I can't improve on that and I won't try. I'll just leave it ringing in your ears. I'll only add that you should indeed read the Dorothy Rabinowitz piece that Pat Caddell refers to. It's on the internet. Just google "Liberal Piety and the Memory," just do a google search with that phrase in quotes.

03 — Ground Zero mosque.     One of my research assistants has just handed me the following press release from some organization calling itself Muslim Americans Against the Ground Zero Mosque. I'll read you the whole thing, long quote:

Muslim Americans Against the Ground Zero Mosque has been founded to represent the many thousands of Muslim citizens of the U.S.A. who oppose the building of a mosque close to the Ground Zero site in New York City. We understand that under the liberty that all Americans enjoy, private landowners and private organizations have every right to enter into contracts without government interference. However, we understand, as the movers of the mosque project seem not to understand, that it is not always wise to do something one has a right to do.

We further doubt the entirely private nature of the transaction between Abdul Rauf's "Cordoba Initiative" and the owners of the site where the mosque is to be built. If, as we very strongly suspect, funding for the transaction is coming in part from foreign governments, claims that this is a private exchange that should be of no interest to any agency of the U.S. government, are compromised.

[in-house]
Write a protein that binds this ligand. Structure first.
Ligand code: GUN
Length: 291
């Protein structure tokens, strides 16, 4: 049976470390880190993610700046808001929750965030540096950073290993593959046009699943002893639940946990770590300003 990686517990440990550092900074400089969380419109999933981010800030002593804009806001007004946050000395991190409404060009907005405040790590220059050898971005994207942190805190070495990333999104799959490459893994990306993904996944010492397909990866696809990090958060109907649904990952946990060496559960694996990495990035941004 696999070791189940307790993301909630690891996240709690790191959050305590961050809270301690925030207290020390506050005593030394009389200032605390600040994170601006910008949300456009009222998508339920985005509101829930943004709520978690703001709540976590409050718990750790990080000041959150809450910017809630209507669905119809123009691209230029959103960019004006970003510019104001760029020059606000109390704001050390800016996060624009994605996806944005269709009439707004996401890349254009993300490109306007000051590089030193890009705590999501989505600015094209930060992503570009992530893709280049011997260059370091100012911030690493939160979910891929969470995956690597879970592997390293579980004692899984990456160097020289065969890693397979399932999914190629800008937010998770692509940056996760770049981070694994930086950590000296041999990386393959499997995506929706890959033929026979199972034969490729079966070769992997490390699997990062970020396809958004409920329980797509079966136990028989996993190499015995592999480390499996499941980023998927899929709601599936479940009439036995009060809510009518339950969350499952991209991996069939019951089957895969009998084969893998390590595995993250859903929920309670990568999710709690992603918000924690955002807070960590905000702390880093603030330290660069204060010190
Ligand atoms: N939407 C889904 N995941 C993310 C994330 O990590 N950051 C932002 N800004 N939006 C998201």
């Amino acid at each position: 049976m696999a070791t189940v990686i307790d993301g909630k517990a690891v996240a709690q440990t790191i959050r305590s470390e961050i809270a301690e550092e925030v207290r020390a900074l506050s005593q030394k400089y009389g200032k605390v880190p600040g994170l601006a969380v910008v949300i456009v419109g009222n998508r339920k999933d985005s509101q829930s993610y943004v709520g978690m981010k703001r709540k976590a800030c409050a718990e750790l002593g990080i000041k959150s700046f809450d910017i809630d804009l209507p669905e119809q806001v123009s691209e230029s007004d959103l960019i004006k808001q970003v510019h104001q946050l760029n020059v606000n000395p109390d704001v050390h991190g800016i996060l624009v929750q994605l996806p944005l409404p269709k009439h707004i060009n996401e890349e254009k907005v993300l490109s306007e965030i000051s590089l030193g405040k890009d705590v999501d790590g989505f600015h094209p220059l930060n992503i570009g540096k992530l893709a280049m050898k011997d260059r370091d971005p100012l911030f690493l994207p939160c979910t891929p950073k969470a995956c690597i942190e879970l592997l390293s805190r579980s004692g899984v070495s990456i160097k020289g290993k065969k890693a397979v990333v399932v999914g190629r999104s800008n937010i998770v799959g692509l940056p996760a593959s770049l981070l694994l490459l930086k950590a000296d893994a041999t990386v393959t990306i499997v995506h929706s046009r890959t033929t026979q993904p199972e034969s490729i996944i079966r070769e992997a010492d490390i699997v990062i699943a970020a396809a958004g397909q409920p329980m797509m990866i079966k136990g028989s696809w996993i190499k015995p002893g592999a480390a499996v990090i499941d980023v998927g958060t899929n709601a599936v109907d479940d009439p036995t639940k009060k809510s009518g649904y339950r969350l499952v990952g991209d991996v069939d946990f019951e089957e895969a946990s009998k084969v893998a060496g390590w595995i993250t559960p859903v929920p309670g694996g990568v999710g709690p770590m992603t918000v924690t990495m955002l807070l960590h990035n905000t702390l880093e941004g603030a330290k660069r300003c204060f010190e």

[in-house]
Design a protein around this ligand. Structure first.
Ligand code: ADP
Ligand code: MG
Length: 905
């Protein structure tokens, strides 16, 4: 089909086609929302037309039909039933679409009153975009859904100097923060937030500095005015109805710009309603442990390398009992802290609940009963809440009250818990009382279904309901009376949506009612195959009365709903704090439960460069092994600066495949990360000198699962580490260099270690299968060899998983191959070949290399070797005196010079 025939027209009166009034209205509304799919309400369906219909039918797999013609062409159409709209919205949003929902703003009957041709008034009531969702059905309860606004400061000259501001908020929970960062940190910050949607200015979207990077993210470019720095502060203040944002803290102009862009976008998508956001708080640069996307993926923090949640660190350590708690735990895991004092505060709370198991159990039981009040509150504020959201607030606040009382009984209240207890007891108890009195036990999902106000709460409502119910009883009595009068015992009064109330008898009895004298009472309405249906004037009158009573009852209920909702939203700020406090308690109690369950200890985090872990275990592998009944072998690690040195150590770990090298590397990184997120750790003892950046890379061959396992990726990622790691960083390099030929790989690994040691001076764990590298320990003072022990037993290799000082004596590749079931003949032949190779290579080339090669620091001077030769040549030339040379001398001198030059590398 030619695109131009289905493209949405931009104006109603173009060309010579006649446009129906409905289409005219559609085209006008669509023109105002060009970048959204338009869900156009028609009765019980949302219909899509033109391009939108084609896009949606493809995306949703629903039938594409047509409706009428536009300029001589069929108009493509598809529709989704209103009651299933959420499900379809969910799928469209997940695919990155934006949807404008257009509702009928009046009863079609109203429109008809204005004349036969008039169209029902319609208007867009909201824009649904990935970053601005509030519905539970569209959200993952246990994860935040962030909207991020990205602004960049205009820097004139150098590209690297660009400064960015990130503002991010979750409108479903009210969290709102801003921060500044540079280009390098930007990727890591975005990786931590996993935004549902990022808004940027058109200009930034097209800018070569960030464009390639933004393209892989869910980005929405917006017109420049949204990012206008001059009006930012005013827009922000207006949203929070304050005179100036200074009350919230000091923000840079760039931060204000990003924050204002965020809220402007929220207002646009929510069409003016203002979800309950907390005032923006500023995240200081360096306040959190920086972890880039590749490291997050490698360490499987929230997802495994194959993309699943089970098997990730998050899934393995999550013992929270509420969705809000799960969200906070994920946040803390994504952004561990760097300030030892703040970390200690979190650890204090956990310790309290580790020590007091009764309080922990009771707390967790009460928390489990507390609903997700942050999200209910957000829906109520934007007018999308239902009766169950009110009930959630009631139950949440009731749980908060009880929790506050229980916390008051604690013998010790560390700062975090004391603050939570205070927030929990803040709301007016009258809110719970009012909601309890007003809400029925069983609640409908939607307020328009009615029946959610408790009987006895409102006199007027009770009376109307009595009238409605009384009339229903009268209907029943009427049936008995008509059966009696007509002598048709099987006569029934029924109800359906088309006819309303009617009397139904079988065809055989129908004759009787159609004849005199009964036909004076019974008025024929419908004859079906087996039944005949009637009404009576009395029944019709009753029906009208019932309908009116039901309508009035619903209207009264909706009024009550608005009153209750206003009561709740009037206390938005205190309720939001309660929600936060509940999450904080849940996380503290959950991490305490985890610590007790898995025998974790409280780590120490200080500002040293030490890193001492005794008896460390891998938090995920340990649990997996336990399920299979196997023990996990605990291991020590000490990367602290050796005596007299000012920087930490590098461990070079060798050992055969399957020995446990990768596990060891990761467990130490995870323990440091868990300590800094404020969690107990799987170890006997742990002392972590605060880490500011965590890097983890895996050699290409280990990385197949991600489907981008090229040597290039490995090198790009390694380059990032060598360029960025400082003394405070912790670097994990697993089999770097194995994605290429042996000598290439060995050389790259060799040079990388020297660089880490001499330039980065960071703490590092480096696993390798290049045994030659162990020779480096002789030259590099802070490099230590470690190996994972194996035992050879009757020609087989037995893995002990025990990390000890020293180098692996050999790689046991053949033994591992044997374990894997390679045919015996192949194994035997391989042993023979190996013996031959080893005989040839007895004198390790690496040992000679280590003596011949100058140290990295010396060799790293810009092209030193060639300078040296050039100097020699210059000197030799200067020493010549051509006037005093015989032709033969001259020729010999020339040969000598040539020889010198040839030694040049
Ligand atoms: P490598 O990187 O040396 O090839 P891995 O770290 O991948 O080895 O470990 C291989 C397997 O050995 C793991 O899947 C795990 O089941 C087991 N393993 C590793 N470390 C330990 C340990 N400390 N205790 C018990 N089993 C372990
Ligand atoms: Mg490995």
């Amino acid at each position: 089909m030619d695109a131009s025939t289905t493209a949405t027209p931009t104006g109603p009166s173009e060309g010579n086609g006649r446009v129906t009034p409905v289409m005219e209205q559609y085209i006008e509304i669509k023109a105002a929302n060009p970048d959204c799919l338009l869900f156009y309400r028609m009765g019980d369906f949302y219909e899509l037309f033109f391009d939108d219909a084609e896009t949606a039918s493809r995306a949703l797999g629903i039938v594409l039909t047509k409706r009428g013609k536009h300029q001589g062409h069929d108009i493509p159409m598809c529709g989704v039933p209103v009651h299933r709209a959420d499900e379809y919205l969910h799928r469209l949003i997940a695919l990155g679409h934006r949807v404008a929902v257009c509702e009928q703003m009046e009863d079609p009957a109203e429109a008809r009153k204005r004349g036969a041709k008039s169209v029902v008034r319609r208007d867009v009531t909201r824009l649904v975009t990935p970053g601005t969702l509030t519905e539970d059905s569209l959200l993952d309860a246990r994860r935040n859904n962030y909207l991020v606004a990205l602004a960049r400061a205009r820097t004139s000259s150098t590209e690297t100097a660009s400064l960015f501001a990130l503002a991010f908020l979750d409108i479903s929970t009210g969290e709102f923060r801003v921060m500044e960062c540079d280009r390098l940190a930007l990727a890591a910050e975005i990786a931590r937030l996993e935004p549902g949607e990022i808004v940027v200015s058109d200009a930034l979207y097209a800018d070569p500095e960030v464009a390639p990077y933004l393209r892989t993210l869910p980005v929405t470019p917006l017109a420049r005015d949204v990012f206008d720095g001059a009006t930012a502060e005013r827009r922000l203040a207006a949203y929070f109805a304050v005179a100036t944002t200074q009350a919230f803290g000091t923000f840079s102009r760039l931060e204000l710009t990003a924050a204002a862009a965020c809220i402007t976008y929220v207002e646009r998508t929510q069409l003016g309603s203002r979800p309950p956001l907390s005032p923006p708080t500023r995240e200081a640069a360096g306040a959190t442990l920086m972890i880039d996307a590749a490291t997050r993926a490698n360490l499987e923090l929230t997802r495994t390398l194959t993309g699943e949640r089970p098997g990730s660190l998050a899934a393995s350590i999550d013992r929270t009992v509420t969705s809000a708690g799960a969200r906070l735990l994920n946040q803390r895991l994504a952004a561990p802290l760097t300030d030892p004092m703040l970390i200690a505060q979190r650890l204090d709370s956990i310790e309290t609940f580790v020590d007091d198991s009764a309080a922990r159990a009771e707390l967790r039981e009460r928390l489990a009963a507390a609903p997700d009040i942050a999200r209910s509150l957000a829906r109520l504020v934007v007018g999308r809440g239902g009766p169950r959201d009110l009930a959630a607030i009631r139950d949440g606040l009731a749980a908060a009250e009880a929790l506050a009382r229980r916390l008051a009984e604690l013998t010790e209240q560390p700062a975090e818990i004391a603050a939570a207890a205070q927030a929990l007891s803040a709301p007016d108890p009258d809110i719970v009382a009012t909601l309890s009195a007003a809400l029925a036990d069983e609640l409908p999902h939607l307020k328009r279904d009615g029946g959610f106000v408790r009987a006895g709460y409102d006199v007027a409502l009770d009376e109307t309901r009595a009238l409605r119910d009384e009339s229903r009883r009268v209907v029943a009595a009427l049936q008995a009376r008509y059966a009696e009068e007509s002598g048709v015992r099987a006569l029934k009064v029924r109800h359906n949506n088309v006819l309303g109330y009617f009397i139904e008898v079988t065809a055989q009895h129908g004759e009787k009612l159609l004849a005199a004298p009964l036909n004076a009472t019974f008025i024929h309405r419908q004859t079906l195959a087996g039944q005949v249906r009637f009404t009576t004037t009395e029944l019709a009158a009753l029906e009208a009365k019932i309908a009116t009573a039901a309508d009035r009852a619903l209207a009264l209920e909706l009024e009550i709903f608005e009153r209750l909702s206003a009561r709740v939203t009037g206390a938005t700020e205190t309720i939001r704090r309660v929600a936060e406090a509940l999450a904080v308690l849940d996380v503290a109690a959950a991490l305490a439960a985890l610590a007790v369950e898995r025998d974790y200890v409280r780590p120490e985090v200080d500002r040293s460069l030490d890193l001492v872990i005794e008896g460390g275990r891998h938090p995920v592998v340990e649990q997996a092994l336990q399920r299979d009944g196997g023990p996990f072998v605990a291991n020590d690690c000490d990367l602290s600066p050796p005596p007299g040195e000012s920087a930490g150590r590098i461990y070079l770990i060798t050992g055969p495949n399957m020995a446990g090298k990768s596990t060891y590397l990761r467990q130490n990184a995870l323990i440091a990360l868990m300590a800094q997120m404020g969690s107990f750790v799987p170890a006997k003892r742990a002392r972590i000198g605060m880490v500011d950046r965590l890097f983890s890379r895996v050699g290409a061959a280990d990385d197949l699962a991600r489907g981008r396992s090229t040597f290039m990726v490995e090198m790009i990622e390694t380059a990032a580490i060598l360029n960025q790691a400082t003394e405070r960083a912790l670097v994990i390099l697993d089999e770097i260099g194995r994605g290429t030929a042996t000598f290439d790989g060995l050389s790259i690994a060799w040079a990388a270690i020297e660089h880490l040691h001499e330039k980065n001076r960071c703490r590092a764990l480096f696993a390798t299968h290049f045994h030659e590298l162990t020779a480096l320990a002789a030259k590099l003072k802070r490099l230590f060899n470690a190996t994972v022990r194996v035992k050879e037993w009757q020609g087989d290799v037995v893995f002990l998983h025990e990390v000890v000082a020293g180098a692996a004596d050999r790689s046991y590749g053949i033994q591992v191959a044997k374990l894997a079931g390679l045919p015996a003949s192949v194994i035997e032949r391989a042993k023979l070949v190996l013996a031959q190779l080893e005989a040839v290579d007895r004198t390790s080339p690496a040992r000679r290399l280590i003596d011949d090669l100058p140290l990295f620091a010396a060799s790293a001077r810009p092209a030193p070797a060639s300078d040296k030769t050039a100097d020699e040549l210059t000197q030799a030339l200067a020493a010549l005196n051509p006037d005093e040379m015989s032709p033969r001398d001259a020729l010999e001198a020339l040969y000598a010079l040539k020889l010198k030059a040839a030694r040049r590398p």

The main reason we are opposed to the mosque, however, is that the building of it in this location would be an act of gross insensitivity to our non-Muslim fellow-citizens. Insensitivity is not against the law, nor should it be. It does, though, create rancor and tensions that a society can well do without if it wants to be peaceful and harmonious.

Muslims are regarded with unease and suspicion by many Americans. Muslim citizens should do what they can to dispel those suspicions. The Ground Zero mosque does not dispel them; it inflames them. If Abdul Rauf would announce that in view of the sensitivities involved, he had decided to build the mosque elsewhere, that would be taken by non-Muslim Americans as a gracious act of accommodation to widely-shared feelings. The credit would reflect on Muslim Americans in general, to the benefit of all citizens and the furtherance of social harmony.

We, Muslim Americans Against the Ground Zero Mosque, therefore urge the organizers of this project to withdraw their present application and find a less controversial location for their cultural center.

That's the end of the press release. [Pause] [Laughter] ["Just screwin' with ya …"] Yes, I was just screwin' with ya, listeners. I made it all up. There was no such press release, and there is no such organization as Muslim Americans Against the Ground Zero Mosque.